Ysaÿe returned to Paris in 1883 and became closely acquainted with many of the top French composers such as Saint-Saëns, Franck and Fauré. He also became close with emerging composers such as d’Indy and Chausson. During this time, Ysaÿe also performed very successfully at the Concerts Colonne.
As a violin teacher, Ysaÿe also experienced great success. He was appointed professor of violin at the Brussels Conservatory by Gevaert, where he succeeded the masters, Jenő Hubay and Vieuxtemps.
Ysaÿe’s performance career also took off. He was engaged as a soloist, chamber musician, and composer. As a chamber musician, he took part in many of the avant-garde concerts in Paris and Brussels. As a soloist, he premiered many works that were dedicated to him, such as Franck's Violin Sonata (1886), Chausson's Concert (1889–91) and Poème (1896) and Lekeu's Violin Sonata (1892). Quartets dedicated to him include d'Indy's First String Quartet (1890) and Debussy's String Quartet (1893).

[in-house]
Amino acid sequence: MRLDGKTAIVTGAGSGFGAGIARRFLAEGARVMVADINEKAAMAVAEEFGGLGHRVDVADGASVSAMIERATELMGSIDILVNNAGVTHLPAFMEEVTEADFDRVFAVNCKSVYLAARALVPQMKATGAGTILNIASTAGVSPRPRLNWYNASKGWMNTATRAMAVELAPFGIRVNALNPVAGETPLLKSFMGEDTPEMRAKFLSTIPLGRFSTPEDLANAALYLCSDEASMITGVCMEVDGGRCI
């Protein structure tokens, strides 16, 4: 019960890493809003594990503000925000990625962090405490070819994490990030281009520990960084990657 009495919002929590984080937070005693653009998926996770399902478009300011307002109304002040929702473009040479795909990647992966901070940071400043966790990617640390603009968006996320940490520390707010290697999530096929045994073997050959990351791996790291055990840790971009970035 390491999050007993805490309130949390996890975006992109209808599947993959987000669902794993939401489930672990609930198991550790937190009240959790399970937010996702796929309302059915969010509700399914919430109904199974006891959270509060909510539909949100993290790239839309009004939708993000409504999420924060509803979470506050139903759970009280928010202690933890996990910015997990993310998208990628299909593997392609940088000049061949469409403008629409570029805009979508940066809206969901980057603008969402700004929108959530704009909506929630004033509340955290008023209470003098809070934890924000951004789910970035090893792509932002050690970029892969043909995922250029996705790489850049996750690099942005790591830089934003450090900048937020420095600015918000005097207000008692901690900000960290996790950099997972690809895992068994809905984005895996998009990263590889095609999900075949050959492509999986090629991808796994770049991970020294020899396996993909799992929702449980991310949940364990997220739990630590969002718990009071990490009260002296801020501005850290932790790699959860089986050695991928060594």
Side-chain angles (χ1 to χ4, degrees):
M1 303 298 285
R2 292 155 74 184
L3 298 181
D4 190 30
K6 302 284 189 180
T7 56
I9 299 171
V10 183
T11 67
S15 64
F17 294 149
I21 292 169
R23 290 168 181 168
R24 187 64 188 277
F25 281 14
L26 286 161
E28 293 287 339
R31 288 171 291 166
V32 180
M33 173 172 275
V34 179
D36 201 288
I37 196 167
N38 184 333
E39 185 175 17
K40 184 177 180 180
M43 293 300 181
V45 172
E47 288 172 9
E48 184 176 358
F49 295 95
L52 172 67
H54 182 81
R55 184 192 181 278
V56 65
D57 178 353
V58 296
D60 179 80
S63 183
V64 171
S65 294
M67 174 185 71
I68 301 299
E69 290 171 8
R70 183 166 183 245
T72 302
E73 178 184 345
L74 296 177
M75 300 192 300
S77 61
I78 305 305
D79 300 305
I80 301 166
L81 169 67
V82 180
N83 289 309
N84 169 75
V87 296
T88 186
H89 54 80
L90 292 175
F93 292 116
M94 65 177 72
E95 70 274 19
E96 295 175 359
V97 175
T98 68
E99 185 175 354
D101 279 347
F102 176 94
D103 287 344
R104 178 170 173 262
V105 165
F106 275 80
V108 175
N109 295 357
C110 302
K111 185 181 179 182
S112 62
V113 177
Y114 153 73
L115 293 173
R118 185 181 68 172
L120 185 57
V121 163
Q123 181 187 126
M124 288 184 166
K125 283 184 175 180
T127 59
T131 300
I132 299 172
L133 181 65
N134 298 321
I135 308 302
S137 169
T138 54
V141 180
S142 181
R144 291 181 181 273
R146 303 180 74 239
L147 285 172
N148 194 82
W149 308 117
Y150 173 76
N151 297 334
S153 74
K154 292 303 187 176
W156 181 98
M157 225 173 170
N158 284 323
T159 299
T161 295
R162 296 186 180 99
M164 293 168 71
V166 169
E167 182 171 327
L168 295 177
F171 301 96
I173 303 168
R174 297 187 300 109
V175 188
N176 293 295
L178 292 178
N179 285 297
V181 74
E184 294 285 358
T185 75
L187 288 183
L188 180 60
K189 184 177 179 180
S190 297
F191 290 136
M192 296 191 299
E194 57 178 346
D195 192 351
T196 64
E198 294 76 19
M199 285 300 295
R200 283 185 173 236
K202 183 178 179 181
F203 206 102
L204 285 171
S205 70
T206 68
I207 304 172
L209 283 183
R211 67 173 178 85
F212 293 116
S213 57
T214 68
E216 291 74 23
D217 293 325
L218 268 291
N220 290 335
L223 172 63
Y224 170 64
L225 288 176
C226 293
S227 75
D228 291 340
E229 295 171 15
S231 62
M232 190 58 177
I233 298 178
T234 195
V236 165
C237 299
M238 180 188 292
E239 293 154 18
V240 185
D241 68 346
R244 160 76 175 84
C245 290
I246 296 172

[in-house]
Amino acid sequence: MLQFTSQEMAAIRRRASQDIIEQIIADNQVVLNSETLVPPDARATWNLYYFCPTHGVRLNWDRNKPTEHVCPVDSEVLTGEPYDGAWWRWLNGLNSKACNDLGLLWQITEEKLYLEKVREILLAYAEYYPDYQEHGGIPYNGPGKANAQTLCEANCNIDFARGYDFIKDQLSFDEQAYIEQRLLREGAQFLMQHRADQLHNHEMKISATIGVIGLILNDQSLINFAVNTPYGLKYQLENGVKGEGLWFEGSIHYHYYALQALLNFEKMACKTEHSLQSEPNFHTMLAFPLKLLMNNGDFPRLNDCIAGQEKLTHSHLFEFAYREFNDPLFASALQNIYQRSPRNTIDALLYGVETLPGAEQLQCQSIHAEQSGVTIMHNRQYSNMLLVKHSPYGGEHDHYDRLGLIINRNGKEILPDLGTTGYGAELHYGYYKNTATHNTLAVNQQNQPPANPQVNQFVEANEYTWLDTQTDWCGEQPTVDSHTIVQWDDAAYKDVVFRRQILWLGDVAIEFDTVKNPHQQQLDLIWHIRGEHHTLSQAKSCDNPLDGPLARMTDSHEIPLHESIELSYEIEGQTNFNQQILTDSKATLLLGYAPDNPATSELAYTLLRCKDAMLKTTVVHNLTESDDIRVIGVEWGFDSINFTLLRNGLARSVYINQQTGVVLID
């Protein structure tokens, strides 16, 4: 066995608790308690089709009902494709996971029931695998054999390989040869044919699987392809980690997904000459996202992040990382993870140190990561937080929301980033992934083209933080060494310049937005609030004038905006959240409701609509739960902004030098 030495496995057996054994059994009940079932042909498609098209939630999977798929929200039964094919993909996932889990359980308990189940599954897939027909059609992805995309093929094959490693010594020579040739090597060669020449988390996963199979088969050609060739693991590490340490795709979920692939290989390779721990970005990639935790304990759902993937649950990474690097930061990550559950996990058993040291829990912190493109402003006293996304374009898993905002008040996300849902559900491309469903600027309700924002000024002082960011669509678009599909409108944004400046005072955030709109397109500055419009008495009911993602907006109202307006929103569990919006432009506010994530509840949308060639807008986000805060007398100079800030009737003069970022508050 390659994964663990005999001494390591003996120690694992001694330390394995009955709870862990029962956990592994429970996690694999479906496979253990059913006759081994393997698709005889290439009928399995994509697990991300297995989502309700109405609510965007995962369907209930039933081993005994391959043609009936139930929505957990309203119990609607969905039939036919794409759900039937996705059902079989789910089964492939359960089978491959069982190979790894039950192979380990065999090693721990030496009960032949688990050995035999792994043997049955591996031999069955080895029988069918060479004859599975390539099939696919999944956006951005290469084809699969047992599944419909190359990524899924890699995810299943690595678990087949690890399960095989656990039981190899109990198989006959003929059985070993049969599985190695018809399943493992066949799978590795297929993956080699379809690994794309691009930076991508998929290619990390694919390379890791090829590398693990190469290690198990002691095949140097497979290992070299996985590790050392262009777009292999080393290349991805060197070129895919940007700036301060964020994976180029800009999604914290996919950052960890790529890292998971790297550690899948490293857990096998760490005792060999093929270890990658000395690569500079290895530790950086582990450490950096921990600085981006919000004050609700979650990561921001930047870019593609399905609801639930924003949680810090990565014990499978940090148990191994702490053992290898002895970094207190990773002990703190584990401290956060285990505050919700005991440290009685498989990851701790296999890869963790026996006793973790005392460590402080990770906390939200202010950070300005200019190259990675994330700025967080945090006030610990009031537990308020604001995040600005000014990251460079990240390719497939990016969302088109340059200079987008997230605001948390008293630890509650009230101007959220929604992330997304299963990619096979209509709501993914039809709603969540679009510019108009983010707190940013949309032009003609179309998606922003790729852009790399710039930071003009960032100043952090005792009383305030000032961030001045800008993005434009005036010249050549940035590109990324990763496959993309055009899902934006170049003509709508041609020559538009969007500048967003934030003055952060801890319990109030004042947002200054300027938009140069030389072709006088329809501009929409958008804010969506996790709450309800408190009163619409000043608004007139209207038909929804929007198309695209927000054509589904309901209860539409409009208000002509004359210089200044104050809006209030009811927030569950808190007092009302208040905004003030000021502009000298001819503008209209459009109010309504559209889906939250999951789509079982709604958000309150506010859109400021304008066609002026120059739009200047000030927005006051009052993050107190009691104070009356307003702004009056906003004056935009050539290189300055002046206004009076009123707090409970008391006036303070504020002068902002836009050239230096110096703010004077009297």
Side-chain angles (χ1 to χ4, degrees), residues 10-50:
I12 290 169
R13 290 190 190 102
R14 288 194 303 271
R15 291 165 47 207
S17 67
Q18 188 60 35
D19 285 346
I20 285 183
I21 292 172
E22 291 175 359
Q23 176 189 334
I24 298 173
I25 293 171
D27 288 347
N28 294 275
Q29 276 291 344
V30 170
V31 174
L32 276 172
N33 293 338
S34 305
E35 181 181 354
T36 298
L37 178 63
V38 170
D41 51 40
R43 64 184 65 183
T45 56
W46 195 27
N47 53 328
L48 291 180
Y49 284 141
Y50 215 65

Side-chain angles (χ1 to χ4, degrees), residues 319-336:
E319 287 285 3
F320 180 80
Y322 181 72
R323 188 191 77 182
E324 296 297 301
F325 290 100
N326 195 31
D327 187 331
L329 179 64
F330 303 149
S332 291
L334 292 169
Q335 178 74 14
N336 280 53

Ysaÿe was in his prime between his American tour in 1894 until the outbreak of World War I in 1914. During this period his talent was acknowledged worldwide and he performed regularly in the best concert halls. Between these years he also founded the Société Symphonique des Concerts Ysaÿe, together with Maurice Kufferath. With this society, he both managed and conducted an orchestra which focused on giving concerts of modern music. These concerts became part of the core of Belgian musical life.